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"Being Turkish" or "being from Turkey"? Identity debate in Turkey

 
 
 

Standpoint of Turkey


"Being Turkish" or "being from Turkey"? Identity debate in Turkey

Arus Yumul

 

 
Arus Yumul

Sociologist

If the Ottoman Empire considered itself as-although it had been an unfair- multi-ethnic and multi-religious state, the Republic of Turkey on the other hand immediately sought to impose a unique identity in the face of language, religion and culture. A number of groups, starting with the Kurds, were assimilated to Turkish national identity. The non-Muslim Christian and Jewish minorities, on the other hand, were symbolically rejected outside the framework of national affiliation. We discussed with Arus Yumul, a sociologist at Bilgi University in Istanbul, the debate between "being Turkish" (Türk) and "being from Turkey" (Türkiyeli). Talking about Turkish citizens often means defending the assimilation of minorities in the name of an exclusive identity, as indicates the nationalistic motto "How happy is the one who says I am Turk!". By contrats, speaking of citizens of Turkey means seeking to decouple citizenship and majority culture in favor of a plural and multicultural conception of identity.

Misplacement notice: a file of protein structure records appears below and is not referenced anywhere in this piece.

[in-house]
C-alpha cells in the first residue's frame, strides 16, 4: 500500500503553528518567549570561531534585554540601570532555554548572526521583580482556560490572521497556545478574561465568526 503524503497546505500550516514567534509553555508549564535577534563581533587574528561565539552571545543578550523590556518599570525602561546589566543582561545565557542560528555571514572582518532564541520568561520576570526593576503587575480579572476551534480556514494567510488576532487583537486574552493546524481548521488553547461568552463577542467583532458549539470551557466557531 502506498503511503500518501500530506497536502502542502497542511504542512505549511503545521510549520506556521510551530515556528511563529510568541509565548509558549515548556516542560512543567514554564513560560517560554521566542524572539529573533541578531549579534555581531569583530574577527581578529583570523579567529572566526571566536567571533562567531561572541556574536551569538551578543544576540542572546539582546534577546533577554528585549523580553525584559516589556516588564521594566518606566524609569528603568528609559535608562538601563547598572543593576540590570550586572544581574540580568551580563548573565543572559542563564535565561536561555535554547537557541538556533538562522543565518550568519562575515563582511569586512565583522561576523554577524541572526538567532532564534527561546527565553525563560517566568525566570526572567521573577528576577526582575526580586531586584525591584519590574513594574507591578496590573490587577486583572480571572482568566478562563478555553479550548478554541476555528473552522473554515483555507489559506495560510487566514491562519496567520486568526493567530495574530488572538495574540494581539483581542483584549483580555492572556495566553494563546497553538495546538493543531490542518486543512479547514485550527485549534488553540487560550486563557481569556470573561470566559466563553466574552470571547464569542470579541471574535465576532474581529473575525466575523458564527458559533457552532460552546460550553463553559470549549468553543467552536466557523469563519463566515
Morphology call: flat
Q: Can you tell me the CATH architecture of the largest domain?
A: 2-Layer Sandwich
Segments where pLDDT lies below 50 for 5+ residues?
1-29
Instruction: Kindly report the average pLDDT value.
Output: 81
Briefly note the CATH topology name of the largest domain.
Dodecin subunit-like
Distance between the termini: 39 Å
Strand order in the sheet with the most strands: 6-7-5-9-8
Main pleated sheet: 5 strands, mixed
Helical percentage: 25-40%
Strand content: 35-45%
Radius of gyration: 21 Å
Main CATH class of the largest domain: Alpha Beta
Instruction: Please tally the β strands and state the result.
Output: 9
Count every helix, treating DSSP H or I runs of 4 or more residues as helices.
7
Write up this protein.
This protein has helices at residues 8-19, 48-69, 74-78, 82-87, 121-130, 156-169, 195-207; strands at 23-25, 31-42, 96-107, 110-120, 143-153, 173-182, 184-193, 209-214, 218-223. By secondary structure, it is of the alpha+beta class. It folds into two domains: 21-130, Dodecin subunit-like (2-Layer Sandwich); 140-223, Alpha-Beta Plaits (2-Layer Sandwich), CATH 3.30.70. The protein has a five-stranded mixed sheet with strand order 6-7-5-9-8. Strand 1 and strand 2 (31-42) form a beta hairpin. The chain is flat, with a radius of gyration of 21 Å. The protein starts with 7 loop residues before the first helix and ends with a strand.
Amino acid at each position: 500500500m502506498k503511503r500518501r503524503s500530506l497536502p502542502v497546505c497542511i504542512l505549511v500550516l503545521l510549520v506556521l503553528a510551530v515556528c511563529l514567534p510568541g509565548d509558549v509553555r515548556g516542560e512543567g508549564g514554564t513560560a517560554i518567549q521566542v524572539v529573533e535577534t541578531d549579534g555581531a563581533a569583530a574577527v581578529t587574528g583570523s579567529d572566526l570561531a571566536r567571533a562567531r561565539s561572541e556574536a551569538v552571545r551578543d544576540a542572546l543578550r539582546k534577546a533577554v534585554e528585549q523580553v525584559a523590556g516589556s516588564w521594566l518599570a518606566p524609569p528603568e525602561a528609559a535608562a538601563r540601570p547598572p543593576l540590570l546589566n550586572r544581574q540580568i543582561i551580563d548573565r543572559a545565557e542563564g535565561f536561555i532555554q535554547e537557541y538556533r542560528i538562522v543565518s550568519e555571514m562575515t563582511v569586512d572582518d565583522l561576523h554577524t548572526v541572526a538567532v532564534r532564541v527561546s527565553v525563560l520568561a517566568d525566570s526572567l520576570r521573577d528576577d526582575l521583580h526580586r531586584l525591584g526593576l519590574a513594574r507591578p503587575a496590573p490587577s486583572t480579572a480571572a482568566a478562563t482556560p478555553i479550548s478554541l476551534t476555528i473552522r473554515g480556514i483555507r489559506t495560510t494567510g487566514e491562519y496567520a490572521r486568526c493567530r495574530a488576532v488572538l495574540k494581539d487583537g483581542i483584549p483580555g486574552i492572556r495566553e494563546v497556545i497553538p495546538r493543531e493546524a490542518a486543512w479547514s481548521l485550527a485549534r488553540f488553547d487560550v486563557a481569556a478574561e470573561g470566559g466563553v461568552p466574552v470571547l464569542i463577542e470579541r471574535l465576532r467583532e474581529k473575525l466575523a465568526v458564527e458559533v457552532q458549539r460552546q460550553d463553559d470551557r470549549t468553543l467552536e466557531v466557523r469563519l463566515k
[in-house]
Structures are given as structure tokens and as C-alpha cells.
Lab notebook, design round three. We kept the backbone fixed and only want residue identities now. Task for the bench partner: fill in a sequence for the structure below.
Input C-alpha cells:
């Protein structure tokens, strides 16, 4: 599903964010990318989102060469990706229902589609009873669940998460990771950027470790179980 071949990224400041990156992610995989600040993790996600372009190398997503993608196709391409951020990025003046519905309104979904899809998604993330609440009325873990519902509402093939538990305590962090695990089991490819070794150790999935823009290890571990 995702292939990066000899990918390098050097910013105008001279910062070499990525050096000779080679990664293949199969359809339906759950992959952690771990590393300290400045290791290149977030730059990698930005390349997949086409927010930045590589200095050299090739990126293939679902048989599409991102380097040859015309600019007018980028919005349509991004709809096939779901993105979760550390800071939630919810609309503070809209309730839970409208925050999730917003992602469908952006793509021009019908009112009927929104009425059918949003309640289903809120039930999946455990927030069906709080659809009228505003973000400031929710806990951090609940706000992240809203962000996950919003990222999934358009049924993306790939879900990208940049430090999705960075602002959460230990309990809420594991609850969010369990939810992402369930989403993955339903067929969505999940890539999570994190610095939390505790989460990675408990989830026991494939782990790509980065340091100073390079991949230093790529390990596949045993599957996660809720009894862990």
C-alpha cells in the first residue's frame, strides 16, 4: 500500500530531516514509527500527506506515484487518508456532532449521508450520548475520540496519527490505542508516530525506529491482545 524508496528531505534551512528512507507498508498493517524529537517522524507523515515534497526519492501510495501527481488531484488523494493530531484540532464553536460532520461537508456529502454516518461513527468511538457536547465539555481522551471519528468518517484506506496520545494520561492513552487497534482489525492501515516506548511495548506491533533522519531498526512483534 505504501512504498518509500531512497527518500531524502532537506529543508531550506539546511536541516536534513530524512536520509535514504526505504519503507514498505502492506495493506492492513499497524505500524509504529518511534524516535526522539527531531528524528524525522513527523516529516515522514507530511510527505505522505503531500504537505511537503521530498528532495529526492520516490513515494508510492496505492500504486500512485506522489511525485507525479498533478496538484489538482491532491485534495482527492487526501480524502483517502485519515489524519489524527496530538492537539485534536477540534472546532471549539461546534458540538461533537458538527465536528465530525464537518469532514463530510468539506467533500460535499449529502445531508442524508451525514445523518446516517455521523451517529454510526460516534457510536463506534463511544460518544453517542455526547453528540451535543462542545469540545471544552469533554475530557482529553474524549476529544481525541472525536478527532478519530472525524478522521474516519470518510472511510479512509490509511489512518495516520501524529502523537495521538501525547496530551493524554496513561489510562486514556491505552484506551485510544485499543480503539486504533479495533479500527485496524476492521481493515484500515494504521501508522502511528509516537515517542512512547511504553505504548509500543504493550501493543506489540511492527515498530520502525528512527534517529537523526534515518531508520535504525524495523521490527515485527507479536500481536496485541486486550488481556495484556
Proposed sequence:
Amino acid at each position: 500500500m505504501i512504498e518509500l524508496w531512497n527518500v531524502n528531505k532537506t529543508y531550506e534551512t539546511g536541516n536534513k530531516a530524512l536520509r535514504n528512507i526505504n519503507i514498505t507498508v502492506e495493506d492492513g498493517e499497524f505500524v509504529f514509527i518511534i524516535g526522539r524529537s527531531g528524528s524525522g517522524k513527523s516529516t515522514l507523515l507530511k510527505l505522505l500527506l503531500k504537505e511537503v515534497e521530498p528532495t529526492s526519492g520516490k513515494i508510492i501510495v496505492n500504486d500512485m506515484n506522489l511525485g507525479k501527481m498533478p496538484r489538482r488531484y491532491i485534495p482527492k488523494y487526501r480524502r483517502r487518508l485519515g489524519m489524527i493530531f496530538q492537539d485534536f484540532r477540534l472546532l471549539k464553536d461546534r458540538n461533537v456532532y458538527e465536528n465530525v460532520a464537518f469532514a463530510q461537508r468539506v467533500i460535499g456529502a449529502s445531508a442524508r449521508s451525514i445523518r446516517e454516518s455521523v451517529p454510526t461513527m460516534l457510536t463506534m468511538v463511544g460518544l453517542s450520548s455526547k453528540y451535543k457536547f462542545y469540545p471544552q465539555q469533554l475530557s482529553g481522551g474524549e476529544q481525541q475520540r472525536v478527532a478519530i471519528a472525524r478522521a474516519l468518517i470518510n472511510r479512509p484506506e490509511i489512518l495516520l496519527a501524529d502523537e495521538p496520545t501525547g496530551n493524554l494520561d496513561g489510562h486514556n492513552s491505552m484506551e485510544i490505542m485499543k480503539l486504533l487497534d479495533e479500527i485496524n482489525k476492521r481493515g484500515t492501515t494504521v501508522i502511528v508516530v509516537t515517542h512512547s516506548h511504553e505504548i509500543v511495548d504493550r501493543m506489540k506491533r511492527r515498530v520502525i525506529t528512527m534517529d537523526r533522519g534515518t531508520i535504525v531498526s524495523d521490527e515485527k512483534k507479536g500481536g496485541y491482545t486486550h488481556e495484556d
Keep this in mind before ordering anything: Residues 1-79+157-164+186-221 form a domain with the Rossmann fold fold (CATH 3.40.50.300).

When the Turk and Türkiyeli discussion started?